Why test data management is needed for test automation
Whenever I hear the phrase “test data management”, I think of Hermey the Elf from Rudolph the Red-Nosed Reindeer, who wanted to be a dentist rather than making toys as one of Santa’s helpers.
His catchphrase was “I want to be independent!”
That should also be your goal as you’re writing your tests because one of the main causes of the test automation failures I’ve seen is poor test data management.
Your tests need to be able to run independently to avoid many issues that can arise if those tests make assumptions or rely on certain data being in a known state.
Test need to run against different environments
Too many testers assume that the data their test needs will automatically be in the environment in which their test runs. If you’re like most testers, that usually means your tests need to run on a developer’s machine, in staging, in a CI environment, and so on.
I recently saw this in my own framework during a code review; a team had hardcoded a database key into their test.
The problem is that we need to run our tests in multiple environments, and this particular team’s tests kept failing while running in our CI environment. Of course, their tests would run fine in the team’s development environment. But after taking a closer look at their test code, we noticed that they had hardcoded a table key that was not consistent in all the database backends we against. The solution was to simply just use the unique name of the database id they needed, since those will always be the same, no matter the environment.
Test need to be in a known state
This is one of the most recent test data issues I’ve dealt with, but the more common scenario is that the environment doesn’t have data in the particular state that your test expects.
For example: say you’re testing a medical application and your tests needs to check out a patient. There are some things that need to be in place — and in a certain state — in order for the test to run. Obviously, you need a patient. That patient also needs to be in a checked-in state and have had a procedure performed on them. Then and only then can you check them out. If you assume there will always be a patient in this state, your tests are eventually going to fail.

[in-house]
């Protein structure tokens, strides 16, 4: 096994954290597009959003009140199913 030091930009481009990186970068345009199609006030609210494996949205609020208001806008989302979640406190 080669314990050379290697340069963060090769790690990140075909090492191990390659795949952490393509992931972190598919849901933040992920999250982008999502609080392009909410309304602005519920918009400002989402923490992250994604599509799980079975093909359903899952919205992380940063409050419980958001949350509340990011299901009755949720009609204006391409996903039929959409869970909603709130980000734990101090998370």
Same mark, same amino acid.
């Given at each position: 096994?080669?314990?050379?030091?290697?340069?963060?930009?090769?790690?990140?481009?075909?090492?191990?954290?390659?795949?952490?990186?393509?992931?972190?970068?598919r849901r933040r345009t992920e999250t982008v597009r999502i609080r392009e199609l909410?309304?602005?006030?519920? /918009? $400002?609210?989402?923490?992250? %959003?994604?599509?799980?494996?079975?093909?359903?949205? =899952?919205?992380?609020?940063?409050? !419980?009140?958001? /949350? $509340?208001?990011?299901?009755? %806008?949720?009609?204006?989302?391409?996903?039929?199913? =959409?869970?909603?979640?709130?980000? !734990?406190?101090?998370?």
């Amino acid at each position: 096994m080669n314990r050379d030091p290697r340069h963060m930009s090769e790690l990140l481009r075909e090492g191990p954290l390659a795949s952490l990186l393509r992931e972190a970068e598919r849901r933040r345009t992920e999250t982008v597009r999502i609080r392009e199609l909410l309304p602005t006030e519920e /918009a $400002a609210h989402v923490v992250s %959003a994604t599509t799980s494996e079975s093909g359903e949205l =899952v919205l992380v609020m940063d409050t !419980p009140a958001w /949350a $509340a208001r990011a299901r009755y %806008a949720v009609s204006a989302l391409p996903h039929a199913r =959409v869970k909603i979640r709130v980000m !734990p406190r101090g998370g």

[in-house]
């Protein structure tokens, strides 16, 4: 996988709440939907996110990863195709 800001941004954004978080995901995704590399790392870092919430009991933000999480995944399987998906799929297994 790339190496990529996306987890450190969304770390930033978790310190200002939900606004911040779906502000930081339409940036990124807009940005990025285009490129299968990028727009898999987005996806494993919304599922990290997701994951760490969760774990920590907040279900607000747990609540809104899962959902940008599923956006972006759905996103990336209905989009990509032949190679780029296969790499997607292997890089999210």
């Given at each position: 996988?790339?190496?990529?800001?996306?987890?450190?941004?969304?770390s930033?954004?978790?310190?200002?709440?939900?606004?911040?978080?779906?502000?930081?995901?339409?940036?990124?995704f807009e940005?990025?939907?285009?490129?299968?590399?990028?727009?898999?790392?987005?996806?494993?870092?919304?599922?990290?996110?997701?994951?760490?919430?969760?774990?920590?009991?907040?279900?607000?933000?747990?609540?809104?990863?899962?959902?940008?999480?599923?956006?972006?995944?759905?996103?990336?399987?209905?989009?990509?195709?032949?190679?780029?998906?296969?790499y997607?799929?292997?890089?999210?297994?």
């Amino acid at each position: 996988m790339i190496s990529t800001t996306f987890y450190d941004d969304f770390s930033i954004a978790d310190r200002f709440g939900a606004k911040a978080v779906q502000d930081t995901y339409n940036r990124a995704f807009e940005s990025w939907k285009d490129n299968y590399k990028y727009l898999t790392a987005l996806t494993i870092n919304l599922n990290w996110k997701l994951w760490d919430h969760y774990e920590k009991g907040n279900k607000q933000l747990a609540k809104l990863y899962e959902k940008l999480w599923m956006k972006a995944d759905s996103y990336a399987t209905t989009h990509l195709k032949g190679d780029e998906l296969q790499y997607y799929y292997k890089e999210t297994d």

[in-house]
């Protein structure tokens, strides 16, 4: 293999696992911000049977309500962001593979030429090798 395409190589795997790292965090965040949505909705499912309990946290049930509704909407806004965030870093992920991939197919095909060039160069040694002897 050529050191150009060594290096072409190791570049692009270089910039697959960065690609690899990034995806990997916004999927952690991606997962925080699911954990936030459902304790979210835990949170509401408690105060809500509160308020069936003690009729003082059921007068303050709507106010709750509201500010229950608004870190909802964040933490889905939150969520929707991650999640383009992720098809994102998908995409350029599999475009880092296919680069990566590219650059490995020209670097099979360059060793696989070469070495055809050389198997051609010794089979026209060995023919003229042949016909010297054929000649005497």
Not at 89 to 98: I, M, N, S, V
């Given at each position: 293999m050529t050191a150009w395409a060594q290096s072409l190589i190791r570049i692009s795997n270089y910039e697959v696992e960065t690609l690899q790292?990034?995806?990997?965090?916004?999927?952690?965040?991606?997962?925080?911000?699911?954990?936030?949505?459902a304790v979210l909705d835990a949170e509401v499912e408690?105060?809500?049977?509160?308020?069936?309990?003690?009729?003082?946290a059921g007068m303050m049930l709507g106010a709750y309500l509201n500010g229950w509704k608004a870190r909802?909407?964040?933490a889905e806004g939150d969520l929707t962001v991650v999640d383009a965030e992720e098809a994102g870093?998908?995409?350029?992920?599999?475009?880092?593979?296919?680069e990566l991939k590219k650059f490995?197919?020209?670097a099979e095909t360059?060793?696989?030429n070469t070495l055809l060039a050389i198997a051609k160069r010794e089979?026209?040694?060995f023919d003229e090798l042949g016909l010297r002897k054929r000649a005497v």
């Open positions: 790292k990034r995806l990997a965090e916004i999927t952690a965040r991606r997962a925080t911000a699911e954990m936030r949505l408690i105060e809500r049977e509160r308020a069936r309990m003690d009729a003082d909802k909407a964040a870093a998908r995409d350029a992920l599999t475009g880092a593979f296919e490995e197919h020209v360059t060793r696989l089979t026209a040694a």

What happens if another test changes the state of the patient before your test runs? Your test will fail because another test changed the data you were expecting to be available.
Tests should be responsible for managing their own data
Each of your tests should be responsible for managing its own test data, which means that it is critical that each test set up the data it needs in order to run. This will also make your tests independent, in that they can run without having to rely on any other tests.
Running tests in parallel
Another important reason your tests should be able to create and manage their own test data is so you can run tests in parallel. Agile and DevOps demand more automation, and practices like continuous integration and delivery require automated tests that can be run quickly and reliably. So it’s critical that your test suite can be run as fast as possible, and that usually involves running tests simultaneously rather than in a slow sequential method.
Having each of your tests be independent – not relying on any other tests — will allow you to run your them in parallel.
Don’t send your test to the island of misfit toys – Make your test like Hermey
Seb Rose summed it up nicely in episode 53 of TestTalks when he said, “I can’t stress enough how fundamental independent scenarios/tests are to successful automated testing.” I couldn’t agree more.
So remember — you should design your tests to be like Hermey the Elf and be…independent!
Manage Test Data
A great resource on strategies for managing your test data is Continuous Delivery: Reliable Software Releases through Build, Test, and Deployment Automation by Jez Humble. There is a whole chapter called Managing Data that you should check out that I found very helpful.